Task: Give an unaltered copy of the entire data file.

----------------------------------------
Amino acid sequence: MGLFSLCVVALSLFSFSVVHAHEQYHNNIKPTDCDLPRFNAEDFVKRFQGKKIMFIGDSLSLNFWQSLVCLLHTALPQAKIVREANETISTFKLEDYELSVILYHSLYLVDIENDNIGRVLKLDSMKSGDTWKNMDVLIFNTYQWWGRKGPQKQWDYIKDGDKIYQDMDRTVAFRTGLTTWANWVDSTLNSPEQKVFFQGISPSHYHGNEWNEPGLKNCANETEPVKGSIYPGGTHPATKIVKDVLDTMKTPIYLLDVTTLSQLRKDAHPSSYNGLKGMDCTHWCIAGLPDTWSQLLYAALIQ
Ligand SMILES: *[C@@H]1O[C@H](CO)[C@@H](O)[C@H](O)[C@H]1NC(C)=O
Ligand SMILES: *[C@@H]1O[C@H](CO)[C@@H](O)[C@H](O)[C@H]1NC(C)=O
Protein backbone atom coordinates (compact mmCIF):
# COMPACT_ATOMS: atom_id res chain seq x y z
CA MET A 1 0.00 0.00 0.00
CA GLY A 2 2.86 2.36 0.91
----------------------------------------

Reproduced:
Amino acid sequence: MGLFSLCVVALSLFSFSVVHAHEQYHNNIKPTDCDLPRFNAEDFVKRFQGKKIMFIGDSLSLNFWQSLVCLLHTALPQAKIVREANETISTFKLEDYELSVILYHSLYLVDIENDNIGRVLKLDSMKSGDTWKNMDVLIFNTYQWWGRKGPQKQWDYIKDGDKIYQDMDRTVAFRTGLTTWANWVDSTLNSPEQKVFFQGISPSHYHGNEWNEPGLKNCANETEPVKGSIYPGGTHPATKIVKDVLDTMKTPIYLLDVTTLSQLRKDAHPSSYNGLKGMDCTHWCIAGLPDTWSQLLYAALIQ
Ligand SMILES: *[C@@H]1O[C@H](CO)[C@@H](O)[C@H](O)[C@H]1NC(C)=O
Ligand SMILES: *[C@@H]1O[C@H](CO)[C@@H](O)[C@H](O)[C@H]1NC(C)=O
Protein backbone atom coordinates (compact mmCIF):
# COMPACT_ATOMS: atom_id res chain seq x y z
CA MET A 1 0.00 0.00 0.00
CA GLY A 2 2.86 2.36 0.91